Harris also appears to raise claims of illegal search and seizure, false arrest, and excessive force against the Defendants. As noted above, he contends that the Defendants illegally entered his home without a warrant on December 8 and 9, 2010, that they used excessive force against him on December 9, 2010, and that they falsely arrested him on or about December 16, 2010. Pennsylvania's two-year limitations period applies to these claims. See 42 Pa. Cons. Stat. § 5524; Wallace v. Kato, 549 U.S. 384, 387 (2007). Harris's claims accrued when he "ha[d] a complete and present cause of action, that is, when [he could] file suit and obtain relief." Dique v. NJ. State Police, 603 F.3d 181, 185 (3d Cir. 2010) (quotations omitted). Pursuant to the prison mailbox rule, a prisoner's complaint is considered filed at the time he or she hands it over to prison authorities for forwarding to the Court. See Houston v. Lack, 487 U.S. 266, 276 (1988); Terrell v. Benfer, 429 Fed.Appx. 74, 75 n.l (3d Cir. 2011) (per curiam).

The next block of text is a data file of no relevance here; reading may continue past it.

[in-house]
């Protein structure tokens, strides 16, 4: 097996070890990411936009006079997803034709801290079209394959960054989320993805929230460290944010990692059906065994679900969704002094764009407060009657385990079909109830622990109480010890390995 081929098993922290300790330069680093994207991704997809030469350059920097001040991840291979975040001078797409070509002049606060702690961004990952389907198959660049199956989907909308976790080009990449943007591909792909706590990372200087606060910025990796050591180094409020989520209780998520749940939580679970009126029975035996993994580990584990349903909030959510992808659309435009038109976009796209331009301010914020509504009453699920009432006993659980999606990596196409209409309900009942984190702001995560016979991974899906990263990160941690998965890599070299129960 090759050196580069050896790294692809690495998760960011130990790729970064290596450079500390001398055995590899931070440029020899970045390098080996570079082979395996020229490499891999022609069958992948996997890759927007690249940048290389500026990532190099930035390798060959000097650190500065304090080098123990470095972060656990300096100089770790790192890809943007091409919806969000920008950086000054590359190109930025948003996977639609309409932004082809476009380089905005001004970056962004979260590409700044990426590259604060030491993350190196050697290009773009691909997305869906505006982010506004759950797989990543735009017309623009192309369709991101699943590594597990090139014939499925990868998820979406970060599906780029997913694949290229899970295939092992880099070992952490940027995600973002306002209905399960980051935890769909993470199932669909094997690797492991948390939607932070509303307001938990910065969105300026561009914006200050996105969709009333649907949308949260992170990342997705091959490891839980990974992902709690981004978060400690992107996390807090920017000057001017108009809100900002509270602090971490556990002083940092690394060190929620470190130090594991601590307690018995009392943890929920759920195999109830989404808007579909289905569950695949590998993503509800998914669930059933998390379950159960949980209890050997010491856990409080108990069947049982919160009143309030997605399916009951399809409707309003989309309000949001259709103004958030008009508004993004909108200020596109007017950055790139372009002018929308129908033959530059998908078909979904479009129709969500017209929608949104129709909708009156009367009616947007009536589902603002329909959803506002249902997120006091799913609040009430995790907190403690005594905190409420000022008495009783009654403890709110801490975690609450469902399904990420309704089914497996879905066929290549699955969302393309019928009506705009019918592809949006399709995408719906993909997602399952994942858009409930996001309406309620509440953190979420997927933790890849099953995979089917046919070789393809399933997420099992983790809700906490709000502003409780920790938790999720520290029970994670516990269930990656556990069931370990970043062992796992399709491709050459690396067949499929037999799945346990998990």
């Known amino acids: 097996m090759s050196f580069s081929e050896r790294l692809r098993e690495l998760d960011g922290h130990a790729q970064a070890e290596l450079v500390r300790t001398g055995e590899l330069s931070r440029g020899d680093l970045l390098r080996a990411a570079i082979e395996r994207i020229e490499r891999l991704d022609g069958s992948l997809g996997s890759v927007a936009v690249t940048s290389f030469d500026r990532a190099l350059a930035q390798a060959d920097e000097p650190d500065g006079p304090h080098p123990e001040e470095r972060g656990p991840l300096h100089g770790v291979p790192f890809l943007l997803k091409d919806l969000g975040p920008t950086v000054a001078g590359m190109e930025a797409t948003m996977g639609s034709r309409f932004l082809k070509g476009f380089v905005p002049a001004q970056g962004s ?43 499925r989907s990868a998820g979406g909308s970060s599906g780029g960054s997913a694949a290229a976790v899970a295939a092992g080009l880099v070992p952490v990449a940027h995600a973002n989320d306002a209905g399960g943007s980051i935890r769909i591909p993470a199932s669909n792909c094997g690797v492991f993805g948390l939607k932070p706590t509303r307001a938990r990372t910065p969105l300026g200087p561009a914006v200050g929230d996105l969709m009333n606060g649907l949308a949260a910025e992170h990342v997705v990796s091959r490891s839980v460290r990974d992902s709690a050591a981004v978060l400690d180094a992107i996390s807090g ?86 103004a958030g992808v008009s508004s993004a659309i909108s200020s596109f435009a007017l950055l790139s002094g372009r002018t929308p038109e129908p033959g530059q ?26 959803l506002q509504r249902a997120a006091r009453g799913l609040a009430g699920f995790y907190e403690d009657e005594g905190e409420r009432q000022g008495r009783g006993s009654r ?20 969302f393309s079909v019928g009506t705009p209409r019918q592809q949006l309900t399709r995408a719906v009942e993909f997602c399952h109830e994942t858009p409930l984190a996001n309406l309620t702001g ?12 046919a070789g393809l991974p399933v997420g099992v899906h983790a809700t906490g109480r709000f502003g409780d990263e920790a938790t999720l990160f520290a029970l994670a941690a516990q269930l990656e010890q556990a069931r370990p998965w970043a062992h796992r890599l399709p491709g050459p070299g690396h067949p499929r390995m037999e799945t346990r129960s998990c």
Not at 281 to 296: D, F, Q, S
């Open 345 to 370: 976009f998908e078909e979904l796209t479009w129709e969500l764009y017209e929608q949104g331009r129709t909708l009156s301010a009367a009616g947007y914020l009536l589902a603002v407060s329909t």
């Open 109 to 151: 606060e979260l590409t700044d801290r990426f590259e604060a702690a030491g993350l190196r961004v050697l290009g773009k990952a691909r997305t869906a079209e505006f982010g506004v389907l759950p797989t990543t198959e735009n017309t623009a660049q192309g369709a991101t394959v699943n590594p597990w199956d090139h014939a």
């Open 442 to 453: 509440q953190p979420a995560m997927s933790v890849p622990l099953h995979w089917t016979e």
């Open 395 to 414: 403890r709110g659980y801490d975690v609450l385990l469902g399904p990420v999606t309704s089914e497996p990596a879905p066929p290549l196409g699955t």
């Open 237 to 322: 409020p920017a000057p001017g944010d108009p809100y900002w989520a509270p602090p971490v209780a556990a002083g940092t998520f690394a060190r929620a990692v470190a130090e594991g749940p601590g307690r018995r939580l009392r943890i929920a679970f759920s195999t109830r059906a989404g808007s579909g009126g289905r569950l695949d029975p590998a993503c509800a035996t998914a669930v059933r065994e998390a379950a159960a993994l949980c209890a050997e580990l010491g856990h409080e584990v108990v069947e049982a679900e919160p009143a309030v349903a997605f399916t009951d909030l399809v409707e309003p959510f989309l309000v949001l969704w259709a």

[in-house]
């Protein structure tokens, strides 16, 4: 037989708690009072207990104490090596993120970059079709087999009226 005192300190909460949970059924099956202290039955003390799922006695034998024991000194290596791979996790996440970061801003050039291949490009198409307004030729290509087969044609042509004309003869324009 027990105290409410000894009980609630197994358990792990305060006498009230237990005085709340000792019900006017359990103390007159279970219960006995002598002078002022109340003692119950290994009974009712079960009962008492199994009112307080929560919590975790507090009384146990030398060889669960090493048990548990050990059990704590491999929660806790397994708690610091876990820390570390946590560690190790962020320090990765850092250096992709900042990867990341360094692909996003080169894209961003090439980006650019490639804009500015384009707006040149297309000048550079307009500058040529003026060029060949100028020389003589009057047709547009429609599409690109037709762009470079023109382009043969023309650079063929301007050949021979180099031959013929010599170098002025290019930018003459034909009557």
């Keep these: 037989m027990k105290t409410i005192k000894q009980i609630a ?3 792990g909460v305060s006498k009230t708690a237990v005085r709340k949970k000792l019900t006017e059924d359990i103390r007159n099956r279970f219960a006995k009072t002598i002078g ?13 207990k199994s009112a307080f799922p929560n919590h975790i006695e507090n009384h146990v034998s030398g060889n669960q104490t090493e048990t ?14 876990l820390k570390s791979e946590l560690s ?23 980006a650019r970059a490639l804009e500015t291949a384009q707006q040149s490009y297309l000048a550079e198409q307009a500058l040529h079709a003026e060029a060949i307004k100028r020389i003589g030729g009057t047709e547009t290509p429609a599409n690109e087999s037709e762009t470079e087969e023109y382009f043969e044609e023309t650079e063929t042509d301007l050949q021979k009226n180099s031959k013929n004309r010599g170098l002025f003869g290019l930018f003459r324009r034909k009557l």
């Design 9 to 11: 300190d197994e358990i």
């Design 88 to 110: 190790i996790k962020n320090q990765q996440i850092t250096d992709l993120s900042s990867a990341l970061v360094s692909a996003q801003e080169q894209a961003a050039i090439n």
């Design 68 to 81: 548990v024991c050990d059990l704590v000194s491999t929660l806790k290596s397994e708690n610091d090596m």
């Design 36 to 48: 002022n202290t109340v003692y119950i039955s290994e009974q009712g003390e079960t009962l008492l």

Here, Harris's illegal search and seizure claims accrued on December 8 and 9, 2010, when the alleged illegal searches and seizure occurred. See Woodson v. Payton, 503 Fed.Appx. 110, 112 (3d Cir. 2012) (concluding that statute of limitations began on date when plaintiff "indisputably knew about the alleged faults of search and seizure"). His excessive force claim accrued on December 9, 2010, when the alleged assault occurred. See LeBlanc v. Snavely,453 Fed.Appx. 140, 142 (3d Cir. 2011) (per curiam). His false arrest claim accrued on December 16, 2010, when he was arrested on the charges brought against him. See Wallace, 549 U.S. at 389-90 & n.3; Singleton v. DA Philadelphia,411 Fed.Appx. 470, 472 (3d Cir. 2011) (concluding that accrual of a claim for false arrest occurred on the date that the plaintiff "was arrested and charges were filed against him").[3] Thus, the limitations period applicable to these claims expired in 2012. Harris, however, did not file his Complaint ...